Who holds the police chief or sheriff accountable when it is clear they will not hold their own command staff accountable?
If you want to reform a police department the place to start is the double standard between beat cops and police commanders. This double standard was recently exposed in the City of Albuquerque’s survey of recently retired police officers.
These officers overwhelmingly stated that the No. 1 problem with APD lies with ranking command officers. Albuquerque is not unique; this is a problem that infects police departments nationwide. Beat cops complain that the higher you rise in rank, the less accountable you are for your actions.
Now comes Attorney General Hector Balderas to the rescue. Balderas’ staff told me that they will accept LEA 90 complaints from any citizen. What is an LEA 90? It’s a formal complaint against a New Mexico-certified police officer that is presented to the board that licenses cops, the New Mexico Law Enforcement Academy Board (NMLEA).
Balderas chairs the NMLEA Board. This is transparency and good government in action. By allowing citizens to petition the NMLEA Board, we go a long way in making law enforcement more accountable. The NMLEA Board can suspend or revoke a New Mexico police officer’s certification, if it sustains allegations made in a LEA 90 complaint.
But there is a glaring issue that must be addressed. When you review the meeting minutes of the NMLEA Board, you will find that nearly all of the officers referred to the board for discipline are the lowest-ranking officers – the people with the most contact with the public. Rarely do you ever find police command personnel being referred to the NMLEA Board.
Aside from Tommy Rodella, former sheriff of Rio Arriba County, whose certification was revoked after his conviction on criminal civil rights violations in federal court, I cannot name another command staff officer who had an LEA 90 filed against him or her in recent memory.
Does this mean that police command staff officers never violate rules, policies or law? Of course not. What it means is the good old boy system is in place and those in command protect each other – a double standard of harsh punishment for the beat cop and no punishment for top cops.
Here are some examples of recent NMLEA Board disciplinary meetings. All of these officers had LEA 90 complaints filed on them by the chiefs or sheriffs they work under:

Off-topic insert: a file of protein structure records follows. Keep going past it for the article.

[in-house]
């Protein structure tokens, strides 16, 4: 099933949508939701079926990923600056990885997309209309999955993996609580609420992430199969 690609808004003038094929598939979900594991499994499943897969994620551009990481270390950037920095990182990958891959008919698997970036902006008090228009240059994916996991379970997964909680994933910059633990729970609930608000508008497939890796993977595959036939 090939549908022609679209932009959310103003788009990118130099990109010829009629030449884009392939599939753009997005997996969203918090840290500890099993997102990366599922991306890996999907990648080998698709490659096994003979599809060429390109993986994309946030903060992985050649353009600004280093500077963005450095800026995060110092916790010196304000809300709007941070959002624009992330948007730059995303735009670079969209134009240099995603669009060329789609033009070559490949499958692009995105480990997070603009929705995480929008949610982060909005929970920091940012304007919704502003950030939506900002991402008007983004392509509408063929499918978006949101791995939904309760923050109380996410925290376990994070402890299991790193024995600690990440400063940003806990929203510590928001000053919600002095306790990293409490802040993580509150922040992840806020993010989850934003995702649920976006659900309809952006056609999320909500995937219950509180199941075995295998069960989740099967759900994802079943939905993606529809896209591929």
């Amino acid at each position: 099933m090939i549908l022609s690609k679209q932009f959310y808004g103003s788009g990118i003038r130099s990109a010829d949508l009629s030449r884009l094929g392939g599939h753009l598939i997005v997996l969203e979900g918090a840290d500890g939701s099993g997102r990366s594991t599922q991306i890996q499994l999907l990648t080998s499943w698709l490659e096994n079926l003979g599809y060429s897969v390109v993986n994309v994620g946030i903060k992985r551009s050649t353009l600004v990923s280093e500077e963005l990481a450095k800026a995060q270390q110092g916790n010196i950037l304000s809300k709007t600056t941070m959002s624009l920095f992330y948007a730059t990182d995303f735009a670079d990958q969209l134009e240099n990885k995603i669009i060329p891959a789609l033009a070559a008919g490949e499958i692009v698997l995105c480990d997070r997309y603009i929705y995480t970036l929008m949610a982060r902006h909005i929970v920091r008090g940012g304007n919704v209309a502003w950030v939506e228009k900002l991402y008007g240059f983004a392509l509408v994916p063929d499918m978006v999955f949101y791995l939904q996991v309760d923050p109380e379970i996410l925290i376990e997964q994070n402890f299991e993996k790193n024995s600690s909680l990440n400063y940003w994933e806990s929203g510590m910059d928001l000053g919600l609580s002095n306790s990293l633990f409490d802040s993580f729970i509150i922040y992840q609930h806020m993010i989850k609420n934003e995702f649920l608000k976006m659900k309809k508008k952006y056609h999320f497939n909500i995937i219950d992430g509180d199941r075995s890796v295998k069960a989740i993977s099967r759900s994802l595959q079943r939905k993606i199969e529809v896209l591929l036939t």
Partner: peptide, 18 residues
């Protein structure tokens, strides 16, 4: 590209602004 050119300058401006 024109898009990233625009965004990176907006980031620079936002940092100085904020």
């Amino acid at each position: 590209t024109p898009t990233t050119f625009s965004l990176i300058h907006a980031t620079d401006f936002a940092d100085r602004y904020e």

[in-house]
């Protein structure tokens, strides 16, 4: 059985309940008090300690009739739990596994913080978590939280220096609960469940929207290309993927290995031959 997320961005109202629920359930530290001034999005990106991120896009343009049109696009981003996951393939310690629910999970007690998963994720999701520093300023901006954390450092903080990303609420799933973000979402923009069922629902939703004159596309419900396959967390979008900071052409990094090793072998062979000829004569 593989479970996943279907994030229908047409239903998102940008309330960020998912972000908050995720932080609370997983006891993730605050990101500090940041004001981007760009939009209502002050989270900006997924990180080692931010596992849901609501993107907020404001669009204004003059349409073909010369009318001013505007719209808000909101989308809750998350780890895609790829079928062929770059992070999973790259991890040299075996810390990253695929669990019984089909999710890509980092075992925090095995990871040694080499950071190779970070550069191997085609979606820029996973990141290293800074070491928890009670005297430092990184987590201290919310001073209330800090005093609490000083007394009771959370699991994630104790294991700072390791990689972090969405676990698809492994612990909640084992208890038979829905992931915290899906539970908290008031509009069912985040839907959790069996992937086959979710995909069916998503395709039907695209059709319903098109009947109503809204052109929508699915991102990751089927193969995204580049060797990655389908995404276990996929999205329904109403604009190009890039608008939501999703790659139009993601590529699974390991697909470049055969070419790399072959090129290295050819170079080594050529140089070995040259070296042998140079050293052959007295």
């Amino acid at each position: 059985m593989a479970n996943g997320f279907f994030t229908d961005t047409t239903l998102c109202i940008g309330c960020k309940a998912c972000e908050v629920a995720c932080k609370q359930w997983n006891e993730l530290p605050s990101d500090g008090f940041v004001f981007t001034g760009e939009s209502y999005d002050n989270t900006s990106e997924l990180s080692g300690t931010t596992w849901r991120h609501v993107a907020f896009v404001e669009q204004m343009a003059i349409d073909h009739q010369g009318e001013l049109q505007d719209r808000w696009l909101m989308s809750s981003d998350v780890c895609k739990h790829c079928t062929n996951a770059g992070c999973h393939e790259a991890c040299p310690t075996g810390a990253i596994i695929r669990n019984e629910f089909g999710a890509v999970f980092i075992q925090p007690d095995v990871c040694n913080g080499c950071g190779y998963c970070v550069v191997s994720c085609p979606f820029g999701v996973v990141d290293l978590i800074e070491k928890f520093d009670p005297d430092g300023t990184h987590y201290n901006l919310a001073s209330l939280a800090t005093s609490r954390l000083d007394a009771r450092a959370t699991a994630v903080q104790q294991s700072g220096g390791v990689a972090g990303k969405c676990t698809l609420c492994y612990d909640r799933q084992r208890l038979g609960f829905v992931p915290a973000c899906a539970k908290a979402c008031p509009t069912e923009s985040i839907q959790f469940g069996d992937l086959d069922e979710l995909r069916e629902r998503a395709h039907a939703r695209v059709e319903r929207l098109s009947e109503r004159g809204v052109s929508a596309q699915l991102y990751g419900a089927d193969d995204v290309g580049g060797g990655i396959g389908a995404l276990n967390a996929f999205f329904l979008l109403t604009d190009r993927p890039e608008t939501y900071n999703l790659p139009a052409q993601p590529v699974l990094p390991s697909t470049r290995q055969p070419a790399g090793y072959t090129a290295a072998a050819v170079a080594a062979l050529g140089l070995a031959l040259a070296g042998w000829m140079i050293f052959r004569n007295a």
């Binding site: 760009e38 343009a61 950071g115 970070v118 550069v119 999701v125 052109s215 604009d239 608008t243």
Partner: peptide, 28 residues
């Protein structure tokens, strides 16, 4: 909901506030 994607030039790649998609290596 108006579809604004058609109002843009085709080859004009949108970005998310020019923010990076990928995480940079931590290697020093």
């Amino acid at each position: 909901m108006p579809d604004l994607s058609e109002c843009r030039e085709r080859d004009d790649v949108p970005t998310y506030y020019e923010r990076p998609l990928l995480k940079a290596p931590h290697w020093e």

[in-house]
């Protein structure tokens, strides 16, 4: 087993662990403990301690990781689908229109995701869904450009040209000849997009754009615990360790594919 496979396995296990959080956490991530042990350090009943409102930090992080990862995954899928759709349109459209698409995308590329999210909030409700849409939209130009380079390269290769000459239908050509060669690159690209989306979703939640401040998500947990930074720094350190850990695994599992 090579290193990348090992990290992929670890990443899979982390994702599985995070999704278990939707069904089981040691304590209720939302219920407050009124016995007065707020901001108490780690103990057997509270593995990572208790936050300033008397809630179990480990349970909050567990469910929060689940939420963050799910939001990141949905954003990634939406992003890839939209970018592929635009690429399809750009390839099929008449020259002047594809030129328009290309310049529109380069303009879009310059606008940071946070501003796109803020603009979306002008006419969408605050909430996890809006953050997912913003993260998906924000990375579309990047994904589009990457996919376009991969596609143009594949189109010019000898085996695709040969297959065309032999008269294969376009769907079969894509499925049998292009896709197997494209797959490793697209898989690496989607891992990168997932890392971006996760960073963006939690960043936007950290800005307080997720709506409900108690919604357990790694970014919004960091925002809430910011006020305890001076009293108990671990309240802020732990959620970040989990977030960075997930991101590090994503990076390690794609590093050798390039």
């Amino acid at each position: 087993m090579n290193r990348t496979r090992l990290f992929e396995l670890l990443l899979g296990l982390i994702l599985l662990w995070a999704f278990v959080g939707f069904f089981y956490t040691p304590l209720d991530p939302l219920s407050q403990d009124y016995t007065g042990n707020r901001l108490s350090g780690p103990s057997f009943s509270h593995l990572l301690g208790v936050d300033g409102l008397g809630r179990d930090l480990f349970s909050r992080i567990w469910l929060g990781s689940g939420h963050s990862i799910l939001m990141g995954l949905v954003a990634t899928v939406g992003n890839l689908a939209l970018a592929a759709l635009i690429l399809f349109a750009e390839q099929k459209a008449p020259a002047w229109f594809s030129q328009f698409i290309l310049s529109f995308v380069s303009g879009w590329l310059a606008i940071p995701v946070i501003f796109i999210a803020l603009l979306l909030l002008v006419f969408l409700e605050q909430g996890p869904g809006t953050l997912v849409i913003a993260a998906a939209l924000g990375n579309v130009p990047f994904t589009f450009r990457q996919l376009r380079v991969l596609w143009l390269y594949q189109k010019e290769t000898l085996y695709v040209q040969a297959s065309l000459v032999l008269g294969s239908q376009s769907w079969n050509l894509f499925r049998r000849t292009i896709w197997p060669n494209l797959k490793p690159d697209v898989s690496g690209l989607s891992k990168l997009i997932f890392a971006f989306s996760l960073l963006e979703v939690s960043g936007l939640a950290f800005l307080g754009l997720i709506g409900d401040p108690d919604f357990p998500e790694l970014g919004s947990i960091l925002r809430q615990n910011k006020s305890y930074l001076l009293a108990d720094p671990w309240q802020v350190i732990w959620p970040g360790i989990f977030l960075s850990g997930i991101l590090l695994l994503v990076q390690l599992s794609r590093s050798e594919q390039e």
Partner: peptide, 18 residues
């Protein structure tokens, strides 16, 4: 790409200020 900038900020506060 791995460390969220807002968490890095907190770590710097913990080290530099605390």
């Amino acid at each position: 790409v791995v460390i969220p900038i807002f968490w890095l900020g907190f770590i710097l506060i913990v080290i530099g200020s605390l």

• A patrol officer whose offense was disobeying an order by not turning on his lapel camera.
• Another officer whose crime was writing a blog critical of her command staff.
• A third officer whose offense was reporting misconduct – by his own command staff no less!
Recent news reports have exposed misconduct by police command staff officers around the state but not a single LEA 90 has been filed against command officers by their own department – which should help you understand the significance of Balderas’ decision to allow citizens to make such filings.
Some likely candidates for LEA 90 complaints include the APD police lieutenant who shot and almost killed his own detective during a drug bust, and a former McKinley County sheriff listed in State Auditor Tim Keller’s report for misappropriation of DWI grant money.
Multiple agencies have reported potential wrongdoing by APD police command staff in the procurement of APD Tasers, yet not one police command staff officer has been referred to the NMLEA Board.
The law is clear. Title 10, Section 188.8.131.52 of the New Mexico Administrative Code requires police chiefs and sheriffs to report any acts of misconduct within 30 days. Who holds the police chief or sheriff accountable when it is clear they will not hold their own command staff accountable? Why doesn’t the NMLEA Board instigate a complaint themselves?
Nothing will change for policing in New Mexico until command staff officers are held accountable for their actions. There should only be one standard for all police officers, no matter what their rank. I urge Attorney General Balderas to act immediately to hold the chiefs and sheriffs to the same accountability that they hold their beat cops.
— Dan Klein is a retired Albuquerque police officer.